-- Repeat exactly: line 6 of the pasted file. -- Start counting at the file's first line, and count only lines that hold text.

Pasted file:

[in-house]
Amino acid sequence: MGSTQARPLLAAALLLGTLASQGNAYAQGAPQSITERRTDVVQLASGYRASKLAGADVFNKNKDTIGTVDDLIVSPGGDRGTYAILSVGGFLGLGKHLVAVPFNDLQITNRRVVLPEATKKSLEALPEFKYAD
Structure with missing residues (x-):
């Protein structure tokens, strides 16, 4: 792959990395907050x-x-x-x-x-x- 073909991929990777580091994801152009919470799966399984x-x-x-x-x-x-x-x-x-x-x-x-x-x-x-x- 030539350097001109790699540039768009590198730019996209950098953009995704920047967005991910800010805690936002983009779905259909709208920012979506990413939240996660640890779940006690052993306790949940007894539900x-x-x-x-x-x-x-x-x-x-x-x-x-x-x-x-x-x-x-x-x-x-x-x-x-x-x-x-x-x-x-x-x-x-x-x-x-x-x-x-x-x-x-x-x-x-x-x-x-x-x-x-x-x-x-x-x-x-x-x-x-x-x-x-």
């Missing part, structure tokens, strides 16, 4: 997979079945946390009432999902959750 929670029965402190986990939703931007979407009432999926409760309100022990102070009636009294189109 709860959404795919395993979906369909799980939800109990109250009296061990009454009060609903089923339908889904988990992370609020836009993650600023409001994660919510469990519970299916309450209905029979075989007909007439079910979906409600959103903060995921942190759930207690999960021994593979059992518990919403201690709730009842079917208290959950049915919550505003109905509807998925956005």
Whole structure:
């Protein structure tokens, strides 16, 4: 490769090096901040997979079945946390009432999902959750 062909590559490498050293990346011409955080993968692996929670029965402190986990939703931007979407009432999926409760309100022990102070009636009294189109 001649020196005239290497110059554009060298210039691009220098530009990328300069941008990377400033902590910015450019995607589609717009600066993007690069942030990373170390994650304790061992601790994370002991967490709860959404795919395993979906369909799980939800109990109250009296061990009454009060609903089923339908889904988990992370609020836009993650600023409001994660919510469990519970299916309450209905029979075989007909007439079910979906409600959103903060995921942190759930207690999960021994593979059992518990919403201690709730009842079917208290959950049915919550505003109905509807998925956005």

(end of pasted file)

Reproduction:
Whole structure: